But the experience in schools pales in comparison to adult life. I remember when we picked up Dad at Sky Harbor Airport in Phoenix back in the 60’s. It was a big deal, because flying back then was expensive. People dressed up. Dad wore a suit and a pencil-thin tie, and the women wore conservative dresses. I don’t remember seeing any police there at all (though I suppose they might have been), but of course there were no lines where people had to strip off some of their clothes and all of their dignity just to prove they weren’t terrorists. I will tell you the truth, I really believe that if a cop had asked a man to do that back then he’d have been punched in the mouth, and I doubt that a court would convict him of a crime if he had. In my mind, flying had a glamorous image filled with exotic, far off places. Think Katherine Hepburn stepping out of a Pan Am Clipper in Singapore after sleeping her way across the moonlit Pacific. No, that wasn’t a realistic portrayal, but compare and contrast with a very real story about superstar Naomi Campbell, who was dragged, kicking and screaming obscenities, from a British Airways flight in 2008 after hitting and spitting on an officer. And never mind the veritable freak show of circus rejects that you see at the typical airport these days while you’re waiting on a flight that has been cancelled or overbooked. If you want to know more, I wrote about the horrors of modern air travel here.
The average person I met when I grew up was civil. When they cursed, it was shocking, because you so rarely heard it. Today, I know a well-educated woman who uses the “F bomb” so much that it’s simultaneously her favorite verb, adverb, adjective, article, and noun. I think you know who I’m talking about. She can construct a full sentence with just that one word, depending on the inflection and tonality.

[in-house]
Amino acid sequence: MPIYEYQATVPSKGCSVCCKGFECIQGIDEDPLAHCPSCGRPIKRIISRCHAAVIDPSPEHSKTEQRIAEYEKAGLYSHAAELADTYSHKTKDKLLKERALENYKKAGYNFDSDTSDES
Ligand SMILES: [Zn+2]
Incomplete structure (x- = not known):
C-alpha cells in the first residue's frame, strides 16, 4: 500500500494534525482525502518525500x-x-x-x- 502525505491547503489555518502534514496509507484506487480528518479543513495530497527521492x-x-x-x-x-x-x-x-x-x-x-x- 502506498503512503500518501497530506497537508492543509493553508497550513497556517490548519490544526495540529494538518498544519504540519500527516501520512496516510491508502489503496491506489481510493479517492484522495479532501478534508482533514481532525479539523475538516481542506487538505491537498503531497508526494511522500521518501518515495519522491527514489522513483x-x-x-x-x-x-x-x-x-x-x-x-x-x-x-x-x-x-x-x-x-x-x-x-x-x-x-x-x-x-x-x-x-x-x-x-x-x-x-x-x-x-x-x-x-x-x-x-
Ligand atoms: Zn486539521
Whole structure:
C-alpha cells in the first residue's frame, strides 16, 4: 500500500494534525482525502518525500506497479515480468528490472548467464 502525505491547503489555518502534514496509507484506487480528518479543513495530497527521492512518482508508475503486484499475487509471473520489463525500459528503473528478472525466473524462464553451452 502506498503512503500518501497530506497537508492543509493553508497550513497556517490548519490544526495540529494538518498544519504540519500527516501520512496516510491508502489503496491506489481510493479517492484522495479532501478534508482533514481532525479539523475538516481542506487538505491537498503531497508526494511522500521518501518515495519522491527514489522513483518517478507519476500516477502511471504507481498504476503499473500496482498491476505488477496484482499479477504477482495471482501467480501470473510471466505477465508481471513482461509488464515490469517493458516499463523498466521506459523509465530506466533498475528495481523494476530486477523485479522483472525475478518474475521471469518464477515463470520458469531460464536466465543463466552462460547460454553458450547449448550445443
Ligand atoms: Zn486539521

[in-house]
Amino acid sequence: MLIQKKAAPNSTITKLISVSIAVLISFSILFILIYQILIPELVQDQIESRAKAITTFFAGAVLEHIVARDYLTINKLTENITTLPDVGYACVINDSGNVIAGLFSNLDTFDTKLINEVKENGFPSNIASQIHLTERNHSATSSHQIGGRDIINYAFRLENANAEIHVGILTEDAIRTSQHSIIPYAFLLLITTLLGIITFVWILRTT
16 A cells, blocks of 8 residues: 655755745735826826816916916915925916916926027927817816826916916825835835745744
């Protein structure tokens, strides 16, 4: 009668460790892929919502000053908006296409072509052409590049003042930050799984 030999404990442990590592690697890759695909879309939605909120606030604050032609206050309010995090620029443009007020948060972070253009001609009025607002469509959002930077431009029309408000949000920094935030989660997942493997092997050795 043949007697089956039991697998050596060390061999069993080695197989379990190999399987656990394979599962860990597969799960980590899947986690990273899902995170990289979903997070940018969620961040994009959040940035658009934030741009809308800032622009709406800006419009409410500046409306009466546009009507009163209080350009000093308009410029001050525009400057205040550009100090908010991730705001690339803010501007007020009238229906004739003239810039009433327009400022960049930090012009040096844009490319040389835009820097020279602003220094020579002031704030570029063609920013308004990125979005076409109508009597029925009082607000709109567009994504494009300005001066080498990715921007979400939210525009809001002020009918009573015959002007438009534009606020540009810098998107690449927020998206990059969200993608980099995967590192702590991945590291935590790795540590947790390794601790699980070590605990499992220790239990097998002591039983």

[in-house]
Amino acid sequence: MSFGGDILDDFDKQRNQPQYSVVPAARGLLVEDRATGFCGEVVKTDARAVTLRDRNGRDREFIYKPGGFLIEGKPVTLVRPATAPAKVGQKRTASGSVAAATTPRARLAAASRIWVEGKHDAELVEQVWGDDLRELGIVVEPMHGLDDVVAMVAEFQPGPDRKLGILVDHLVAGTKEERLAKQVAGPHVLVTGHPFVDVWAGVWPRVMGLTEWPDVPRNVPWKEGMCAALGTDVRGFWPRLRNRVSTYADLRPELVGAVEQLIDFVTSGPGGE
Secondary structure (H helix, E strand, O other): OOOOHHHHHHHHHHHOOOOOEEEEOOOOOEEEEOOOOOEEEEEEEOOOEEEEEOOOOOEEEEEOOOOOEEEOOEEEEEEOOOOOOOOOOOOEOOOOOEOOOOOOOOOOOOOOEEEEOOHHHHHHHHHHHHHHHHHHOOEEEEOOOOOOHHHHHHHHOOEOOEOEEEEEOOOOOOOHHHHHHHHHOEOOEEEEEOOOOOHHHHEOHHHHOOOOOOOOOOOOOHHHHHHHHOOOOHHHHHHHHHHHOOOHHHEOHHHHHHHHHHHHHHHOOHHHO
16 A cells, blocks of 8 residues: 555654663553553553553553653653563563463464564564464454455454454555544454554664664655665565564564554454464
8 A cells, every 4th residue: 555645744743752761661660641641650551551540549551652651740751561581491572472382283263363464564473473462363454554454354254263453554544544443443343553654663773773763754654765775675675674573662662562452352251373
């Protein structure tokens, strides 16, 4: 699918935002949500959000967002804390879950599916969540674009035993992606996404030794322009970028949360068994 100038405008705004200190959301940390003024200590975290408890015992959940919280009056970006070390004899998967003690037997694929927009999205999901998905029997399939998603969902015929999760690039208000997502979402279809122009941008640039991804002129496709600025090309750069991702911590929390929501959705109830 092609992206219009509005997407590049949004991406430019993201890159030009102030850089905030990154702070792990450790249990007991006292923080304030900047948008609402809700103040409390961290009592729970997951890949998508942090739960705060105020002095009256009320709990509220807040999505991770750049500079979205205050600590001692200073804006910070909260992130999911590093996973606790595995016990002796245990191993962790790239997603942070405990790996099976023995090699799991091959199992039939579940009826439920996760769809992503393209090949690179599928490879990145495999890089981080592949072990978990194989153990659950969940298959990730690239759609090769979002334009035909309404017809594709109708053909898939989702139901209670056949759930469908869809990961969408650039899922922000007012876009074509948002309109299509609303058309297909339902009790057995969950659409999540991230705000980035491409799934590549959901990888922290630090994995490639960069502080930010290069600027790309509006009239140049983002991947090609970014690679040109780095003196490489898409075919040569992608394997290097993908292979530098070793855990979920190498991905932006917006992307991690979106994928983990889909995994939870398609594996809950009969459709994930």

People used to have jobs for life. It wasn’t uncommon for a man (it was almost always a man) to retire from a factory or office after working there for 30 plus years. He’d get some kind of small reward for his service, maybe a little party, and a decent pension that would carry him through his golden years. I may have been among the last of that breed myself. Today, people have no loyalty to the company because the companies (not to mention the country) haven’t been loyal to them. The average Joe has seen his job shipped first to Japan, then to Mexico, then to China, and each time he was “downsized” he was supposed to retrain himself into something new…which he dutifully did, over and over, but typically never reclaiming the wages he once earned back in “the good old days”. Meanwhile, the bankers and the lawyers saw their wages rise stratospherically, and government workers also started making the big bucks, but almost nobody in the good ol’ USA actually seems to make anything anymore with their hands, and the average blue-collar stiff has seen his wages stagnate for 40 years now. I can’t really see how things can go on like that forever.
I think one of the biggest differences back then was in the way the media reported events too. Walter Cronkite was on the news every night reporting about the Vietnam war, the space program, and all of the major political and social events of the 50’s, 60’s, and 70’s. And even though he was privately a liberal, most people trusted him because he didn’t usually allow his personal agenda to influence his reportage in an obvious way, in marked contrast to today’s activist newscasters who see it as their duty to change the world by directing the narrative. No wonder no one trusts them.
Nobody I knew of got an abortion back then because it wasn’t legal. It’s true, they did happen, but they were rare, and not just because they were hard to get. No, it was because the girls were harder to get, at least for me, and I wasn’t alone. Sure, we had “loose” girls (yes we were prudish enough to call them that), but they were few and far between, and none of them were in a hurry to do anything other than find a man and get married; they just didn’t know how to play the game properly like the good girls did. I can promise you none of them I knew of made a game out of losing their virginity.